Science Fiction Awards Database


Known previously as the Locus Index to SF Awards, the Science Fiction Awards Database (SFADB) is an index of science fiction, fantasy and horror awards compiled by Mark R. Kelly. It is often more up-to-date than the awards' own websites (according to The Encyclopedia of Science Fiction),[3] and has received praise from editors and authors of SF.[20][21]



Locus has won many Hugo Awards, first the Hugo Award for Best Fanzine, and then in 1984 when the new category "Best Semiprozine" was established. As of 2012, Locus won the award for "Best Fanzine" eight times and for "Best Semiprozine" 22 times during the category's first 29 years. In 2012 "Best Semiprozine" was redefined to exclude all small, independent genre magazines as "professional publications" if they had either "(1) provided at least a quarter the income of any one person or, (2) was owned or published by any entity which provided at least a quarter the income of any of its staff and/or owner."; this included Locus.[22] There is no longer a "Professional Magazine" Hugo Award; that original category was replaced in 1973 by the current "Best Editor."[3][23]

See also



  1. ^ a b Clute, John (September 2, 2009). "Charles N. Brown: Sci-Fi enthusiast and founder of 'Locus' magazine". The Independent. London, England. Obituaries. Retrieved April 4, 2011.
  2. ^ Aversa, Elizabeth. Miller, Cynthia J. Perrault, Anna. Wohlmuth, Sonia Ramirez.Information Resources in the Humanities and the Arts, 6th Edition. p. 161.
  3. ^ a b c d e Nicholls, Peter; David Langford. "Locus". In Clute, John; et al. (eds.). The Encyclopedia of Science Fiction (3rd ed.). Gollancz. Retrieved September 11, 2021.
  4. ^ "Charles N. Brown, 1937–2009". Locus Online. July 13, 2009. Retrieved April 4, 2011.
  5. ^ "Working to Promote and Preserve Science Fiction, Fantasy, and Horror". Locus Science Fiction Foundation. Retrieved March 18, 2015.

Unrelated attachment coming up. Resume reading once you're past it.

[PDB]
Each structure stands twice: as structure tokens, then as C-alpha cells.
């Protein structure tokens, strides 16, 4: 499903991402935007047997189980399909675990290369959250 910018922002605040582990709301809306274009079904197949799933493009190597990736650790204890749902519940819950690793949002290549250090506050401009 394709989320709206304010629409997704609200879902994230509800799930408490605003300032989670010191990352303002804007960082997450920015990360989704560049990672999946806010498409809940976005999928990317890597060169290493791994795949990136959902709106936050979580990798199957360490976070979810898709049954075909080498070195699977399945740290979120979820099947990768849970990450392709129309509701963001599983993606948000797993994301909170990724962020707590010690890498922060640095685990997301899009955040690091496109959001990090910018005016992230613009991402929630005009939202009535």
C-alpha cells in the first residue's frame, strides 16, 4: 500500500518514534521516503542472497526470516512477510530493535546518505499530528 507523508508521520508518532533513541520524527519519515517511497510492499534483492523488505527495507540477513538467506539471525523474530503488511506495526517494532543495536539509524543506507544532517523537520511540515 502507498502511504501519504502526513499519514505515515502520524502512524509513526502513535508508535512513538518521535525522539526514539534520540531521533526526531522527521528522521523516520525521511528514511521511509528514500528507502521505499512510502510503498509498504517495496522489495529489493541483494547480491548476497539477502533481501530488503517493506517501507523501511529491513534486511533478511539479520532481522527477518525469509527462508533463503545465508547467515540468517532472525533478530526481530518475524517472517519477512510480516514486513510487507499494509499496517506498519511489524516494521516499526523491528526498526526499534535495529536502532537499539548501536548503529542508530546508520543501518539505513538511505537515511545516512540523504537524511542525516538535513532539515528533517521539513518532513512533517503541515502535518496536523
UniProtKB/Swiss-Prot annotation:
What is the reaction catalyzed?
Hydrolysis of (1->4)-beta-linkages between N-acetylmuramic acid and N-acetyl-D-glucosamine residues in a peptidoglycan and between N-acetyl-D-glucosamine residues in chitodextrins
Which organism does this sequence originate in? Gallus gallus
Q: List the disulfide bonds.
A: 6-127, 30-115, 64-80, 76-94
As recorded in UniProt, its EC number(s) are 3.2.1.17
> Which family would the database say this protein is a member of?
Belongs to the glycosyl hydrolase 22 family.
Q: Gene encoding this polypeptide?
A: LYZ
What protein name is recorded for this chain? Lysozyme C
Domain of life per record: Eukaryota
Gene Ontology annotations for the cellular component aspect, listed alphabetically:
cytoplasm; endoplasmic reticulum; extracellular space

6. ^ Kleckner Keefe, Karen (September 23, 2011). "Web Crush of the Week: Locus Online". The Booklist Reader. American Library Association. Archived from the original on June 7, 2020.
  7. ^ "About". Locus Magazine. April 21, 2010. Retrieved September 11, 2021.
  8. ^ "Staff". Locus Online. Retrieved September 18, 2017.
  9. ^ "Index to Locus Magazine". Locus Online. September 6, 2017. Retrieved September 18, 2017.
  10. ^ "Locus Online: About the Website". Locus Online. September 5, 2017. Archived from the original on April 17, 2019.
  11. ^ Dozois, Gardner, ed. (July 5, 2011). The Year's Best Science Fiction: Twenty-Eighth Annual Collection. St. Martin's Publishing Group. ISBN 9781429983068.
  12. ^ "2002 Hugo Awards". The Hugo Awards. World Science Fiction Society. July 26, 2007. Archived from the original on July 29, 2019. Retrieved May 2, 2010.
  13. ^ "2005 Hugo Awards". The Hugo Awards. World Science Fiction Society. July 24, 2007. Archived from the original on June 29, 2019. Retrieved November 25, 2019.
  14. ^ Glyer, Mike (January 10, 2016). "Lois Tilton Leaves Locus Online". File 770.
  15. ^ Glyer, Mike (January 11, 2016). "Locus Responds to Tilton Departure". File 770. Retrieved December 30, 2020.
  16. ^ Langford, David. "Locus Award". In Clute, John; et al. (eds.). The Encyclopedia of Science Fiction] (3rd ed.). Gollancz. Retrieved September 11, 2021.
  17. ^ "Locus Awards". Science Fiction Awards Database. Locus Science Fiction Foundation. Retrieved February 21, 2021.
  18. ^ Schaub, Michael (June 26, 2018). "Locus Award winners include N.K. Jemisin, Victor LaValle and John Scalzi". The Los Angeles Times.
  19. ^ Flood, Allison (June 27, 2016). "Locus awards go to Ann Leckie, Naomi Novik and other stars". The Guardian.
  20. ^ "In Praise of.. The Locus Index to Science Fiction Awards". SF Gateway. Orion Publishing Group. March 13, 2013.
  21. ^ Walton, Jo (2018). "Conclusion". An Informal History of the Hugos. Tor Books. p. 571.
  22. ^ "Hugo Award Categories". The Hugo Awards. World Science Fiction Society. Archived from the original on May 7, 2011. Retrieved April 5, 2017.
  23. ^ Langford, David; Peter Nicholls (writer); Cheryl Morgan. "Hugo". In Clute, John; et al. (eds.). The Encyclopedia of Science Fiction (3rd ed.). Gollancz. Retrieved September 11, 2021.